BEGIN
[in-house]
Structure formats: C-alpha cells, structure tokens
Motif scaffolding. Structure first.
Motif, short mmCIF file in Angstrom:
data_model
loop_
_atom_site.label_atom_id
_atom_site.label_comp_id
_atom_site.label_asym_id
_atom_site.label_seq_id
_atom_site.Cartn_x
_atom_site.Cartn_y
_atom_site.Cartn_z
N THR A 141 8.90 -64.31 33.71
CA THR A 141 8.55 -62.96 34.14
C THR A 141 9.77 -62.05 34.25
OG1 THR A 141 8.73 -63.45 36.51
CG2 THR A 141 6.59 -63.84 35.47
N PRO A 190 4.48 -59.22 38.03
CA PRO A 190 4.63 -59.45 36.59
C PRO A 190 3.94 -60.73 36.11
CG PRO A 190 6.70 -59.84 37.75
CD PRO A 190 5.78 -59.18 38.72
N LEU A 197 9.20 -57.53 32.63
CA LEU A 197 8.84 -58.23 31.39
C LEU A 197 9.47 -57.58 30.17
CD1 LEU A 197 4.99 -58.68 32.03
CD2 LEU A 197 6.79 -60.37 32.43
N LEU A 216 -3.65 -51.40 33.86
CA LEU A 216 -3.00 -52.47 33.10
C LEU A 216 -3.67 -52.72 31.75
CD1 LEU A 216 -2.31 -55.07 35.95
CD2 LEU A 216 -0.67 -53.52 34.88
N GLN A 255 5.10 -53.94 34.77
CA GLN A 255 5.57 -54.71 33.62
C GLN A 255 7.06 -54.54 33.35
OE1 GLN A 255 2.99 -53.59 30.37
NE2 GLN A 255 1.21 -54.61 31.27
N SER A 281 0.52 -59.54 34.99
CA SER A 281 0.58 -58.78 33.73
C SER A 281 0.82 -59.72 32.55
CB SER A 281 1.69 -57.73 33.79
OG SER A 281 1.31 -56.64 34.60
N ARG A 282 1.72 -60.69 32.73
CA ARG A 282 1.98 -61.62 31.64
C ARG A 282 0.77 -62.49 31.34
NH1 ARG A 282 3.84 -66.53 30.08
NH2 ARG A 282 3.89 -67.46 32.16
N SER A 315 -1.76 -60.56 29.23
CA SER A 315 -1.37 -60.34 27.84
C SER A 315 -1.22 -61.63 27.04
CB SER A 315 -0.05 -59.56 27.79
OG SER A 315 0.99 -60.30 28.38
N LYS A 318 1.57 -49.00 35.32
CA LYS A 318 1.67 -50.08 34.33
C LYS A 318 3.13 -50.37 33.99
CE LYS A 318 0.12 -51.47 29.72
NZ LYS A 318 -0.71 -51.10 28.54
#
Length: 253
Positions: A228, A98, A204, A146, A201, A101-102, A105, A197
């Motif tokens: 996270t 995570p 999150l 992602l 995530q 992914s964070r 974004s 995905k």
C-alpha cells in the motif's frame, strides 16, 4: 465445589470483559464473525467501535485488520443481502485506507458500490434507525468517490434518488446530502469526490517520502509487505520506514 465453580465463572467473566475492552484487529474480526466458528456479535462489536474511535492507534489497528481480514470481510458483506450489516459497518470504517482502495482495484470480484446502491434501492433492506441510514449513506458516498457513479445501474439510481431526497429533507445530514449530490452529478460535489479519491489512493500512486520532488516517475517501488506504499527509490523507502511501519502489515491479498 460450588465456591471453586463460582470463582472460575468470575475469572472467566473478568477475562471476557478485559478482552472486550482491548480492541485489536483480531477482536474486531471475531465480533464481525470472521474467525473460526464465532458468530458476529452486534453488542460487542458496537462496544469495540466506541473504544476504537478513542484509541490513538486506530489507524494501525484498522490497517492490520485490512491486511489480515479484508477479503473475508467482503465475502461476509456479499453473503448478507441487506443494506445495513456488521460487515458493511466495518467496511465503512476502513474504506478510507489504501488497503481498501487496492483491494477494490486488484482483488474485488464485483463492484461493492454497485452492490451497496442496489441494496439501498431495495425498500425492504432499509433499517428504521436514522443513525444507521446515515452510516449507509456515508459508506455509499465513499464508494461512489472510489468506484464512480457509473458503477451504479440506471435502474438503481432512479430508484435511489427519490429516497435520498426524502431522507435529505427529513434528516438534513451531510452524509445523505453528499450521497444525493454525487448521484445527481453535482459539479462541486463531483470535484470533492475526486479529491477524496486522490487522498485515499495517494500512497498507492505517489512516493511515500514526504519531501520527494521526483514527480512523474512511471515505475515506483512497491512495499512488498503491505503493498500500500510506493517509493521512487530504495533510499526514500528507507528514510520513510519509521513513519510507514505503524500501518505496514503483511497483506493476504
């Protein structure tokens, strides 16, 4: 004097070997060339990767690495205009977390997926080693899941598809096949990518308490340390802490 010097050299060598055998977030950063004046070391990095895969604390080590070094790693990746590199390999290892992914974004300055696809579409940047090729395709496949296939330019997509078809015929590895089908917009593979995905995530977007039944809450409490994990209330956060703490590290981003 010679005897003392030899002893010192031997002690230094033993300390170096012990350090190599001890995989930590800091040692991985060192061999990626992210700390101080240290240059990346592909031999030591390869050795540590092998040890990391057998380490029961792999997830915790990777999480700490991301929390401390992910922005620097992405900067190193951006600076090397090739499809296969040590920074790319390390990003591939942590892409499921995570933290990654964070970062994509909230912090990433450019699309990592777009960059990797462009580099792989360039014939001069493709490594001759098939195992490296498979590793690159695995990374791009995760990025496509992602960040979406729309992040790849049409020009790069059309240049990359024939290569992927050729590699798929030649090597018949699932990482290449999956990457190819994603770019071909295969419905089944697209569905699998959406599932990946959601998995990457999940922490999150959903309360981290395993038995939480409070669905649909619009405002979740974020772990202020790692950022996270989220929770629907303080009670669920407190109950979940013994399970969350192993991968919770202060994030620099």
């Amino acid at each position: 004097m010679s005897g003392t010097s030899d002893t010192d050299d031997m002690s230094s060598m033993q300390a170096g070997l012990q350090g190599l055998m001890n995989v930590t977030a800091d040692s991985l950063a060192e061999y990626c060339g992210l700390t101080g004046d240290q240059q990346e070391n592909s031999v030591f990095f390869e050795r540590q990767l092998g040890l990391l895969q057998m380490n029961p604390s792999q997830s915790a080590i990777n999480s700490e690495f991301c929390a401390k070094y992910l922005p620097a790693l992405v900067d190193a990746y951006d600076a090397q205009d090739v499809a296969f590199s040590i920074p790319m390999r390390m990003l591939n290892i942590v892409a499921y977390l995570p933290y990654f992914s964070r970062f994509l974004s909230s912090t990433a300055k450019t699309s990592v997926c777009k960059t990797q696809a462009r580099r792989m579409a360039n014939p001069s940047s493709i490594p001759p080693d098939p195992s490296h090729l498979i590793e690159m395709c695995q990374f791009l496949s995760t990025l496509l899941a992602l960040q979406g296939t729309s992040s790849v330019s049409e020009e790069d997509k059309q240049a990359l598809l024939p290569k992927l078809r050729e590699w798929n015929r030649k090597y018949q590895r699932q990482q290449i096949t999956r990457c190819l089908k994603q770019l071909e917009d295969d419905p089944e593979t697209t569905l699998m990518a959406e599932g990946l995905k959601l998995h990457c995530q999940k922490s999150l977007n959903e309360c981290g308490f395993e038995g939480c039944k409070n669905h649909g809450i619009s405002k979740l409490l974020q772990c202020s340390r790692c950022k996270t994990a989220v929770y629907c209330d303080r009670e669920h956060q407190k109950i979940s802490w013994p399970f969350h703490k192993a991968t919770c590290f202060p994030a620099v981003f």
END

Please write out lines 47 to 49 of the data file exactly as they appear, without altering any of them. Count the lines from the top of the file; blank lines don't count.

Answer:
NH1 ARG A 282 3.84 -66.53 30.08
NH2 ARG A 282 3.89 -67.46 32.16
N SER A 315 -1.76 -60.56 29.23